Interdisciplinary PhD in Structural and Computational Biology and Quantitative Biosciences

Krishanu Saha

Associate Professor, Department of Biomedical Engineering Lab Website ksaha@wisc.edu(608) 316-4313

4164 Discovery Building
330 N Orchard St
Madison, WI 53715-1119

Education

B.S., Cornell University
M.Phil., University of Cambridge (U.K.)
Ph.D., University of California-Berkeley
Postdoctoral, Whitehead Institute-MIT/Harvard University

Stem cell biology, genome engineering and biomaterials expertise to ask unique questions about human biology and disease

We utilize quantitative and bioengineering methods to advance the next generation of cell and gene therapies.

Image for gene editingGene Editing

CRISPR-Cas9, nanoparticle delivery
We develop new tools and insights into the editing of the human genome. Projects include understanding DNA repair and nanoscale assembly of nucleic acids and novel nonviral polymeric delivery agents around protein-based CRISPR systems. We are advancing two projects in the NIH Somatic Cell Genome Editing Consortium.

Image of cells for BiomanufacturingBiomanufacturing

Cell therapy manufacturing
Cells are living drugs that can be difficult to generate, scale-up, and quality control. Projects include monitoring and controlling the heterogeneity during gene modification and scale-up of stem cells and T cell immunotherapies (e.g., CAR T cells). We benefit from collaborations with the national Center for Cell Manufacturing.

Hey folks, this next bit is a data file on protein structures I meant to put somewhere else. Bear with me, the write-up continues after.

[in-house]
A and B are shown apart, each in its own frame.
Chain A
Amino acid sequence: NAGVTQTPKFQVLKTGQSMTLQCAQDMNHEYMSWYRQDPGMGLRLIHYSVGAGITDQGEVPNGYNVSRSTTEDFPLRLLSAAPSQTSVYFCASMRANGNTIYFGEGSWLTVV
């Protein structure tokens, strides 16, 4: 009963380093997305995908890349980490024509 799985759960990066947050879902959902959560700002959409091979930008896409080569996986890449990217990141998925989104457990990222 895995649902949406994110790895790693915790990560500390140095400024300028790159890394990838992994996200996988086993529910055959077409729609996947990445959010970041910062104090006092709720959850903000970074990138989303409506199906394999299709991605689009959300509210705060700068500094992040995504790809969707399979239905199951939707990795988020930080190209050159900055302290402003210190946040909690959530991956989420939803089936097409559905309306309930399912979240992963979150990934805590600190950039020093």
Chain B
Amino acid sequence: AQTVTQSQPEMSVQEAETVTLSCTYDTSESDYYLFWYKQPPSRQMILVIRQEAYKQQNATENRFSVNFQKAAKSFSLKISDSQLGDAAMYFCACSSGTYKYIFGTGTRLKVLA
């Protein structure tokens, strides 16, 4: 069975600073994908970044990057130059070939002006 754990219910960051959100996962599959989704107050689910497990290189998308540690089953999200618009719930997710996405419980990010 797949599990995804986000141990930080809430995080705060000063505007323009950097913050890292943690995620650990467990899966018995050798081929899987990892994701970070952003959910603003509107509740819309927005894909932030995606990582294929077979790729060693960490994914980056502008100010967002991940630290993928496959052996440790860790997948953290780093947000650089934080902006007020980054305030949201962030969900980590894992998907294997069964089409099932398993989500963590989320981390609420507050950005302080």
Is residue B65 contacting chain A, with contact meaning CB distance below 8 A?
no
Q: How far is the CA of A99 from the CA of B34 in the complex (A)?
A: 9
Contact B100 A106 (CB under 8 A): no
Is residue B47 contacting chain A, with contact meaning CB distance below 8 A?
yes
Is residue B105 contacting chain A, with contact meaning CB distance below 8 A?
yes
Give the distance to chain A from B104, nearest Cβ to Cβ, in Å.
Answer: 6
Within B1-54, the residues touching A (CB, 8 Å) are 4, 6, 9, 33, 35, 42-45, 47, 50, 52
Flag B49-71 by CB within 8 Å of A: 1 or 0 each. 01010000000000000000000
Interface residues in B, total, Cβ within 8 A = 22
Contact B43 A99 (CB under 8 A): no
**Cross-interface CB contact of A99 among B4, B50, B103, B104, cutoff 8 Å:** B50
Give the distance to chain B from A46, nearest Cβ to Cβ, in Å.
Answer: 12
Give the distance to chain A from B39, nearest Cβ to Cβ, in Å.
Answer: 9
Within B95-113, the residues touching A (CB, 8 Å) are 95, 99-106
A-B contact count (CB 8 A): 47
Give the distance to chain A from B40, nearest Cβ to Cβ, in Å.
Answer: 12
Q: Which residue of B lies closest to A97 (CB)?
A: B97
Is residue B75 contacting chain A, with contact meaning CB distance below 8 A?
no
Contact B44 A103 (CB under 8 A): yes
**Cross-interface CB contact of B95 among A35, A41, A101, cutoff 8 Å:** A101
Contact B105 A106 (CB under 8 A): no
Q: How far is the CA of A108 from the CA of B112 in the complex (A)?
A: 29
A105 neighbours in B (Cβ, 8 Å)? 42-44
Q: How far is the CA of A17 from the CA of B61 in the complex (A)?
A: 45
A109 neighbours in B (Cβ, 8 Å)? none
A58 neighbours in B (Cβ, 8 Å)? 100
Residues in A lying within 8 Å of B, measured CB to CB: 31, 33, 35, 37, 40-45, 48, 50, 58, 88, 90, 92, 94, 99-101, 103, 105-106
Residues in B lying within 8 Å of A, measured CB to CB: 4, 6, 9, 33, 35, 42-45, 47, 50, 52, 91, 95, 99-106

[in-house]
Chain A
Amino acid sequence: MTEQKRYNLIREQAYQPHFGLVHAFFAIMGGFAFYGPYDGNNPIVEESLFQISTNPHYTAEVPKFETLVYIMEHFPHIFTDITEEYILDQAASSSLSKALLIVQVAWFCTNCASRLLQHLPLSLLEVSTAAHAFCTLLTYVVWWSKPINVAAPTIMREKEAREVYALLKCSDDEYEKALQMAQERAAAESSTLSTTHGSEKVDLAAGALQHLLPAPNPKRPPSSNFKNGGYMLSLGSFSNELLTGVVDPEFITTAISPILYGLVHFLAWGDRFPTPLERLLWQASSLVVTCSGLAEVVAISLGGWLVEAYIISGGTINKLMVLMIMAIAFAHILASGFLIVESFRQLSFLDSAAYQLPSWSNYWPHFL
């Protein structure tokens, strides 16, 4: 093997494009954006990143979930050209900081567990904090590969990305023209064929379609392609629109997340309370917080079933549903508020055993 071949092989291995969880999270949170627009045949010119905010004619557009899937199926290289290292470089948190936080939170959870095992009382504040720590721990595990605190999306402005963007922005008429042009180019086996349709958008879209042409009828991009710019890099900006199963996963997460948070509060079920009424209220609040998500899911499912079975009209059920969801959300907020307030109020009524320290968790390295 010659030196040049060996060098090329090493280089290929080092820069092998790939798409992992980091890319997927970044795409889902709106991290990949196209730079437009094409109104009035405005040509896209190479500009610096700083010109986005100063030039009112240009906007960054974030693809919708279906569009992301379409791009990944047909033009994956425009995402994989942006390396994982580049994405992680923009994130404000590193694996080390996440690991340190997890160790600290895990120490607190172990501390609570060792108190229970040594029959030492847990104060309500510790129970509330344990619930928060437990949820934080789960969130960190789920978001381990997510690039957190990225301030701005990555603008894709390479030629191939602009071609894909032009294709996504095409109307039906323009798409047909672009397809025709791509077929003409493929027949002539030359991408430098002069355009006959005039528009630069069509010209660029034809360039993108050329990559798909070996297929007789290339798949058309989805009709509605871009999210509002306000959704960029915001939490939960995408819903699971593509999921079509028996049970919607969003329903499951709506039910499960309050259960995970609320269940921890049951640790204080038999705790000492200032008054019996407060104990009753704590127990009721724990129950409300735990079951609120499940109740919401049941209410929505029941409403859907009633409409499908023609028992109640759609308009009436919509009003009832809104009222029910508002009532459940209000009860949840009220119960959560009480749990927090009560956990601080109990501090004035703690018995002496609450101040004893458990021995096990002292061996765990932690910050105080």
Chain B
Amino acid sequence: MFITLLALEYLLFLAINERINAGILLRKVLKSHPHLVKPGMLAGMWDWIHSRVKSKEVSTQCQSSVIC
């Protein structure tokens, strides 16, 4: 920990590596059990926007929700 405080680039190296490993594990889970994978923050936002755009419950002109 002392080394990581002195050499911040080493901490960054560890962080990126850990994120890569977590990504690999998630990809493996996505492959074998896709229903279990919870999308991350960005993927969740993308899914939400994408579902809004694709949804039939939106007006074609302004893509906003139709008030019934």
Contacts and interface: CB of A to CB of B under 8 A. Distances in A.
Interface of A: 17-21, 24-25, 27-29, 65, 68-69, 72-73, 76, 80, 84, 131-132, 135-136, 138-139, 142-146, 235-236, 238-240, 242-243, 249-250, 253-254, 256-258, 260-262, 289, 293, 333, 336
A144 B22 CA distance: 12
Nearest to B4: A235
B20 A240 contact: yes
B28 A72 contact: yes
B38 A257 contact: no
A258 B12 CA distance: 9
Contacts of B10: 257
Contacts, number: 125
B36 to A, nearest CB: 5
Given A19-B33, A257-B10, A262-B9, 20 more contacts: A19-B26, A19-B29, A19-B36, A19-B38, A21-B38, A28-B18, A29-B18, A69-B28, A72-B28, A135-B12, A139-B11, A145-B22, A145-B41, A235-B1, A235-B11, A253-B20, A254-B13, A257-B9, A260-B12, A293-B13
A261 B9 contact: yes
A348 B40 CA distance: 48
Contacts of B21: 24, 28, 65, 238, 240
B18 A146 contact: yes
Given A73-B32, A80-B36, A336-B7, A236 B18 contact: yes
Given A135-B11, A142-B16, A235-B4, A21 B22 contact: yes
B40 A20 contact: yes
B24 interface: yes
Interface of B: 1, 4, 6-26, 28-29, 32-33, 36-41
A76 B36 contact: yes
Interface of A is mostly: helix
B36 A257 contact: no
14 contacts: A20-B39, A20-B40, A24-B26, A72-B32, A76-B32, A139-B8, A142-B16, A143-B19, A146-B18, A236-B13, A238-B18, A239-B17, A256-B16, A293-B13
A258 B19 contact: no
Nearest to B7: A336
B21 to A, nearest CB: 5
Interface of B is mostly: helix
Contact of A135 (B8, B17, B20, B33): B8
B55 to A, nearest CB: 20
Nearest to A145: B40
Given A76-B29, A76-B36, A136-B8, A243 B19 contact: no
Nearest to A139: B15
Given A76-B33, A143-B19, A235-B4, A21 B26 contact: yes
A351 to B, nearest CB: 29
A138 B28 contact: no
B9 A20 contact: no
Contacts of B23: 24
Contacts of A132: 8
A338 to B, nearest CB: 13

Image for disease modelingDisease Modeling

Biomaterials + gene editing to generate new cell models
We are using customized biomaterials and genome editing to generate new human cell-based models of inherited disorders. Projects include correcting mutations within diseased cells and generate isogenic organoids that recapitulate morphogenesis and pathology seen in patients. This project exploits close collaboration with biologists and clinicians at the Waisman Center.

person getting blood drawnScience and Technology Studies

Science Policy/Bioethics
We seek to understand the dynamic and heterogeneous processes by which novel bioengineered objects get embedded into law and policy. Outputs are designed to invoke reflection among practicing scientists on the social commitments behind their choices when engineering human cells, as well as to inform regulations, institutional obligations, and state policy. We leverage collaborations within Holtz STS CenterBio+Society Collaboratory, and Forum on Regenerative Medicine.

Areas of Expertise

  • Personalized Medicine
  • Synthetic & Systems Biology